If FS didn't start the timer from the 200, then a call that was never ACK'd (which can last like 30 or 60 seconds with the terrible, default, SIP timer values) would have no duration. That's not desirable, so starting from the 200 is the only thing that really makes much sense. Likewise for the hangup part. After sending a BYE (signifying you're done), why would you continue to keep a call "up" until receiving a reply? Remember there's another leg connected, and you wanna start shutting that leg down and moving or otherwise moving on with life (dialplan). At best you'd want both timestamps (or an indication the other side timed out), so you might do some processing after BYE, then finalize it on 200 of the BYE.
But, this is really quite a distraction. Regardless which messages you choose to use, your times will never coincide perfectly with the others due to network latency. So if you accept you'll always be off by that much, the question now becomes: how much difference is there between the various forms of measuring? Under normal circumstances, you're looking at one network roundtrip + processing. Processing times should be negligible, so the RTT is the only thing that matters. However, the other side doesn't get much of a choice. BT cannot time off of when you _sent_ the 200, only when they received it. Nor can they time off of when you _received_ their ACK, only when they sent it. Therefore, regardless of which method you use, you'll always be off by one-way latency.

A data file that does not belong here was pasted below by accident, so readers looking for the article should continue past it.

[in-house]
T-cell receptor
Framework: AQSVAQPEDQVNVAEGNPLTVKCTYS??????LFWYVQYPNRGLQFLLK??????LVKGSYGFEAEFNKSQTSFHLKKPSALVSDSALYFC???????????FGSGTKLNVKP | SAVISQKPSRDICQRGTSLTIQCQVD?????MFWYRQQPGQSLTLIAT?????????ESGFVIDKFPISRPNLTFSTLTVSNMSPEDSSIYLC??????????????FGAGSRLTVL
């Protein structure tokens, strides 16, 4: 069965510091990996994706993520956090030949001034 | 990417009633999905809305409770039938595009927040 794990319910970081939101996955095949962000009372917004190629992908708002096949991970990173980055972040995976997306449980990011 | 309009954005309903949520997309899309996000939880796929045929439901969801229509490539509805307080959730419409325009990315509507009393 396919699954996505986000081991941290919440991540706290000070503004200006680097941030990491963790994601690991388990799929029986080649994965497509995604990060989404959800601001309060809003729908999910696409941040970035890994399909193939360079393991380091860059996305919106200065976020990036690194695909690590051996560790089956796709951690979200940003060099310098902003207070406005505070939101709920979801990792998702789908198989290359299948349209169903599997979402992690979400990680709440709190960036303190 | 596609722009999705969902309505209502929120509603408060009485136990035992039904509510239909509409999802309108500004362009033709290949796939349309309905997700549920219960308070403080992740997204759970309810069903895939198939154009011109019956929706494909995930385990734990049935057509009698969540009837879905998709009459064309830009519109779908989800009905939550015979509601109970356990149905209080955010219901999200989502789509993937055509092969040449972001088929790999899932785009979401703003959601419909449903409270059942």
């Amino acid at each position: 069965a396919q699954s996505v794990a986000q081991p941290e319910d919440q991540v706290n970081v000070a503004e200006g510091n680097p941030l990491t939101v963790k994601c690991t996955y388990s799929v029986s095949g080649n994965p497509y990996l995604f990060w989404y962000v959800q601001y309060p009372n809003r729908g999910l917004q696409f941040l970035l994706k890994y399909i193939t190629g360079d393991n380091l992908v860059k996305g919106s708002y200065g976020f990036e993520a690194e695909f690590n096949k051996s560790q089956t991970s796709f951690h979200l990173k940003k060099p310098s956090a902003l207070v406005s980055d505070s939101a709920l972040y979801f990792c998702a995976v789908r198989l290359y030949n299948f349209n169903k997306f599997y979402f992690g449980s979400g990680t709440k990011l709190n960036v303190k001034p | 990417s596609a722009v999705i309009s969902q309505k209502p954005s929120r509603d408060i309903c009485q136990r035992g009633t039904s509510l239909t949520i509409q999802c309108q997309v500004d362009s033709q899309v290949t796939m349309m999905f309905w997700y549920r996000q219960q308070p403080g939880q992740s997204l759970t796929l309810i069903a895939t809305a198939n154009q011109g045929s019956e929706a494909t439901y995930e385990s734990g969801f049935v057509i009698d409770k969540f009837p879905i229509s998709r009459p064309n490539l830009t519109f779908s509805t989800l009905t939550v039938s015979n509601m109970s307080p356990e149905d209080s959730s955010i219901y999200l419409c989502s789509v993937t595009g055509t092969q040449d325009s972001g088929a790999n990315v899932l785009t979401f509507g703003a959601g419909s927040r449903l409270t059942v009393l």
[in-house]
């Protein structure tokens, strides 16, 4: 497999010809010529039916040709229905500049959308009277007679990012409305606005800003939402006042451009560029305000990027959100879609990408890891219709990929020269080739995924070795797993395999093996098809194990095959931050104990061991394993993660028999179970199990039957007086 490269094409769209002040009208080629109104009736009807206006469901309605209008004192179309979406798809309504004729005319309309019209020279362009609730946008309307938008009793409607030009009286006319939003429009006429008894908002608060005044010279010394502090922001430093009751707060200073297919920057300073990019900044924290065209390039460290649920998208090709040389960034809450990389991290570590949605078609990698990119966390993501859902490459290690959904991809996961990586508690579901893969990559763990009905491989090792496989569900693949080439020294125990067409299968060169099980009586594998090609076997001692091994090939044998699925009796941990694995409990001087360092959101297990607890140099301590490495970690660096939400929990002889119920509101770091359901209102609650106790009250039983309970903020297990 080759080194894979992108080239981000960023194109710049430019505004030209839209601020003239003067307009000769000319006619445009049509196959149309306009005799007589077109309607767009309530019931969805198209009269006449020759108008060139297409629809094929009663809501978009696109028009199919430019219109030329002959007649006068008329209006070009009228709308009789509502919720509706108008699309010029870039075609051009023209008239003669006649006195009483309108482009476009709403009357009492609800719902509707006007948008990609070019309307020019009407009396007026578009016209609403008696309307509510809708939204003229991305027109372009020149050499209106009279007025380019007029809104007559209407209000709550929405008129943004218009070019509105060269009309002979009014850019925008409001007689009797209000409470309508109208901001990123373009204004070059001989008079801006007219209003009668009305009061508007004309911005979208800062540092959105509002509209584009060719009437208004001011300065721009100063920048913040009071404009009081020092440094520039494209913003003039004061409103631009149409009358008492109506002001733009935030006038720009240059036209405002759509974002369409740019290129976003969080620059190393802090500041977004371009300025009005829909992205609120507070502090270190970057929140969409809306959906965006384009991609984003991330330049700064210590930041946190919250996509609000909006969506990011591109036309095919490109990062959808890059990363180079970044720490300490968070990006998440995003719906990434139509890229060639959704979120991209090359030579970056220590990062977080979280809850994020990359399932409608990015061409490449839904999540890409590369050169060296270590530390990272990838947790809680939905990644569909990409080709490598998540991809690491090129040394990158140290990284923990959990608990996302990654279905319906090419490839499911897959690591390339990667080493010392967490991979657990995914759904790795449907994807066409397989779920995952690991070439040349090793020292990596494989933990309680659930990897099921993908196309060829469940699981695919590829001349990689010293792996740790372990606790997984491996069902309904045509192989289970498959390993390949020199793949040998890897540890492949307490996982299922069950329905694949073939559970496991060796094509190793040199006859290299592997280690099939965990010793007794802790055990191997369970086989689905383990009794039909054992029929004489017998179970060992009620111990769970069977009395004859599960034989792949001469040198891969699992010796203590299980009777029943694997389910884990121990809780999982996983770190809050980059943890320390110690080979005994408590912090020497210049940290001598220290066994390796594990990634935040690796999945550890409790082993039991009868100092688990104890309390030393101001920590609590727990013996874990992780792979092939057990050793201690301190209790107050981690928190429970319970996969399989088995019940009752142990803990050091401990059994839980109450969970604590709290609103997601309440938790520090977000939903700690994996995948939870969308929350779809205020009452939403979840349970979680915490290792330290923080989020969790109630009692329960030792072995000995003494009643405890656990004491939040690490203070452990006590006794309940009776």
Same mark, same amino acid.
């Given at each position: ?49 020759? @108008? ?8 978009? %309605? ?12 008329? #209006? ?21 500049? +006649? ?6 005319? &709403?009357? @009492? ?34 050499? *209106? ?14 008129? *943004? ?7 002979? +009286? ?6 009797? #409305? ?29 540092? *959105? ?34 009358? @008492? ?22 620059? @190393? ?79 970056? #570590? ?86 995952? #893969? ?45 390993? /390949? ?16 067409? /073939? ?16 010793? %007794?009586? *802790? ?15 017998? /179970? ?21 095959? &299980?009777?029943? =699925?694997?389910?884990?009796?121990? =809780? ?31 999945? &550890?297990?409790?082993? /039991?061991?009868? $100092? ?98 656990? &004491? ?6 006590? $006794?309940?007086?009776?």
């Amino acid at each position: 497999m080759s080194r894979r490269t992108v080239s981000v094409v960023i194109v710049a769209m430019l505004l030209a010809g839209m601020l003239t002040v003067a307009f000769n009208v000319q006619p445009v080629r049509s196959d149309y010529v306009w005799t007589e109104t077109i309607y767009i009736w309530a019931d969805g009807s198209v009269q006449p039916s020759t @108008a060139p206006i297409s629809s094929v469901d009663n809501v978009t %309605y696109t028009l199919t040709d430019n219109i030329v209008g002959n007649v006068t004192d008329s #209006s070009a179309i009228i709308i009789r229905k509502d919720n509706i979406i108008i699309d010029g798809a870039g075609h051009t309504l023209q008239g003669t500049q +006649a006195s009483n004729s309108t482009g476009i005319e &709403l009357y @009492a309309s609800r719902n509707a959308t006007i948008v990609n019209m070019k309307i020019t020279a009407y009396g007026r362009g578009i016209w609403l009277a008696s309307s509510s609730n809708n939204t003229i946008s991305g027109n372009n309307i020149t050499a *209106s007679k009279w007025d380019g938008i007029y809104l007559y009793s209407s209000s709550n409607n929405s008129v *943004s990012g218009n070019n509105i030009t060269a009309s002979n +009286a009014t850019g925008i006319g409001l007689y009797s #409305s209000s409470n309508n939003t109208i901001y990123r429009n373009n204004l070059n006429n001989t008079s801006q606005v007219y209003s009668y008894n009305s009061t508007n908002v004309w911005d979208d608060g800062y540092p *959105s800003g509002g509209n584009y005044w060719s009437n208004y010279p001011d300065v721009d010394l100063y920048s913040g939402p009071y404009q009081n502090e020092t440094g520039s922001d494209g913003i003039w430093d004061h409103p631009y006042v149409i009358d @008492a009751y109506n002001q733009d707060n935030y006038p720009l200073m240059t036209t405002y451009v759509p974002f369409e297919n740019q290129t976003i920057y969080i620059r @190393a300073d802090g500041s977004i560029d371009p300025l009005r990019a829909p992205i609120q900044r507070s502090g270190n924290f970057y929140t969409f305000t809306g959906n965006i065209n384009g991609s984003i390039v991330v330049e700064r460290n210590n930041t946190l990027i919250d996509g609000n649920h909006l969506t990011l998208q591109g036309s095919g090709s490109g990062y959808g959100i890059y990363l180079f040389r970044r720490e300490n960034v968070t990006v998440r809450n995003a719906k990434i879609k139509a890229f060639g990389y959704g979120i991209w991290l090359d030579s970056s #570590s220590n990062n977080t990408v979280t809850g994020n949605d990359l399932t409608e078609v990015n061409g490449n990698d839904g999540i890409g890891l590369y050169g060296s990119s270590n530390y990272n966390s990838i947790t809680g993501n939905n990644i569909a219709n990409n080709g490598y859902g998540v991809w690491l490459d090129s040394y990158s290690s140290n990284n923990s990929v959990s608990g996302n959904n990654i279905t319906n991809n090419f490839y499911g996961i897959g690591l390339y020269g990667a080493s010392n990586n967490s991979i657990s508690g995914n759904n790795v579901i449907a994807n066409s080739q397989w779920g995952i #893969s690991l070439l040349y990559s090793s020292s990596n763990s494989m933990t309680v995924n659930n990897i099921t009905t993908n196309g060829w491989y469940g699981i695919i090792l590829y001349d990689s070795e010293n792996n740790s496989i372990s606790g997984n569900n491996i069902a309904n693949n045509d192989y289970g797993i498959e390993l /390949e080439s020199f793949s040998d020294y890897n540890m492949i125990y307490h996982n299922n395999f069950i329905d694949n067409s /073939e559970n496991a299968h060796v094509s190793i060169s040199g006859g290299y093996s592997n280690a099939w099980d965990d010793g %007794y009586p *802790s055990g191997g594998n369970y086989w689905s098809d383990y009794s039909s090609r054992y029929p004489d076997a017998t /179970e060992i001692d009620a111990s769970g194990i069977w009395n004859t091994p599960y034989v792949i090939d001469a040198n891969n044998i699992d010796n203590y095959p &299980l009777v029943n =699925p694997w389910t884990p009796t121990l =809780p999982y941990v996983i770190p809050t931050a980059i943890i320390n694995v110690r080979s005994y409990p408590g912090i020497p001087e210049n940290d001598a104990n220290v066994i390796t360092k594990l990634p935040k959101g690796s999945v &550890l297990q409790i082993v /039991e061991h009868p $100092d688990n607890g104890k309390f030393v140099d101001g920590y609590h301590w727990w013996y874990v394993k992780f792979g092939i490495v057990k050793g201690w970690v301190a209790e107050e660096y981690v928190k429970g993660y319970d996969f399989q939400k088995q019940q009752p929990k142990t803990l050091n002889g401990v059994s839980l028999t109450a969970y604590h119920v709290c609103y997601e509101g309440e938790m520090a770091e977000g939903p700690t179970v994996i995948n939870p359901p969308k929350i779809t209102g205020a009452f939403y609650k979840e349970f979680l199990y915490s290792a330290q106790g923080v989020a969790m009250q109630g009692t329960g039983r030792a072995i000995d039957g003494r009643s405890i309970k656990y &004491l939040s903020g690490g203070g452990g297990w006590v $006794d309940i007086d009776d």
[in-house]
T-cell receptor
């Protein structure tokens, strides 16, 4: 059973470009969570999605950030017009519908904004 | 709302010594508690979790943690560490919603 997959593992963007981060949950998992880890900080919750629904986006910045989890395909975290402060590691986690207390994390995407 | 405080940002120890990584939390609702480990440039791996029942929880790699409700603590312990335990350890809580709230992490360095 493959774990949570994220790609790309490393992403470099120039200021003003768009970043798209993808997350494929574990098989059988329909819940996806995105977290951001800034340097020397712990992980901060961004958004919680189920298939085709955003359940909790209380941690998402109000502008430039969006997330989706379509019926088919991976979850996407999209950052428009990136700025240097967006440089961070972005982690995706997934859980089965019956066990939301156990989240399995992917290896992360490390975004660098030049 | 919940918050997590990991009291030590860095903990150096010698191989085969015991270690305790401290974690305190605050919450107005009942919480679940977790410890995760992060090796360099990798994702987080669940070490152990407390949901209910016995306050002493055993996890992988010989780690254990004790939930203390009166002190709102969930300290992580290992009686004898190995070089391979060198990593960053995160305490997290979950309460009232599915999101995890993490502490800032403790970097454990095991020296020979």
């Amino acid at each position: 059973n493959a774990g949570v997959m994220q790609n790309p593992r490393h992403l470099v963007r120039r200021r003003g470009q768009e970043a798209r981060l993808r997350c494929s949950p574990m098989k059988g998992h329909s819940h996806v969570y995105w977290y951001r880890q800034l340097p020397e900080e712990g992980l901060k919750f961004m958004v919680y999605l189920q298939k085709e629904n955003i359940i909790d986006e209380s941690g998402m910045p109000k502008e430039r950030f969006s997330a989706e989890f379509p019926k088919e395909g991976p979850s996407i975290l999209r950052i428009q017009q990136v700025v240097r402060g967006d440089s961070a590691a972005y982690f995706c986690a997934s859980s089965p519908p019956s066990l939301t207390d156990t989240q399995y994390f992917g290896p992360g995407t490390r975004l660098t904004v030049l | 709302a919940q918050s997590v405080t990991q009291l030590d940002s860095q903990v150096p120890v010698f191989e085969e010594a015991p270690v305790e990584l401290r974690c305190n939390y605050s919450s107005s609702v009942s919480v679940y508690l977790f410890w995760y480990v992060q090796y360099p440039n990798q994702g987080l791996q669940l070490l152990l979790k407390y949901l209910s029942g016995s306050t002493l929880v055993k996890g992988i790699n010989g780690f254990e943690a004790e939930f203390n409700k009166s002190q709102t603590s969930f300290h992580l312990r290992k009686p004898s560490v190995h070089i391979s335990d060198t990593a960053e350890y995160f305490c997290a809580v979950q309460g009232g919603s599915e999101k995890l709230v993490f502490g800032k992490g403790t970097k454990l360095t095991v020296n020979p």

As an example, with 40ms one-way latency:
T+0.000: 200 OK SENT (FS)
T+0.040: 200 OK RECEIVED (BT)
T+0.040: ACK SENT (BT)
T+0.080: ACK RECEIVED (FS)
T+1.000: BYE SENT (FS)
T+1.040: BYE RECEIVED (BT)
T+1.040: 200 OK SENT (BT)
T+1.080: 200 OK RECEIVED (FS)
T+1.000: BYE SENT (BT)
T+1.040: BYE RECEIVED (FS)
T+1.040: 200 OK SENT (FS)
T+1.080: 200 OK RECEIVED (BT)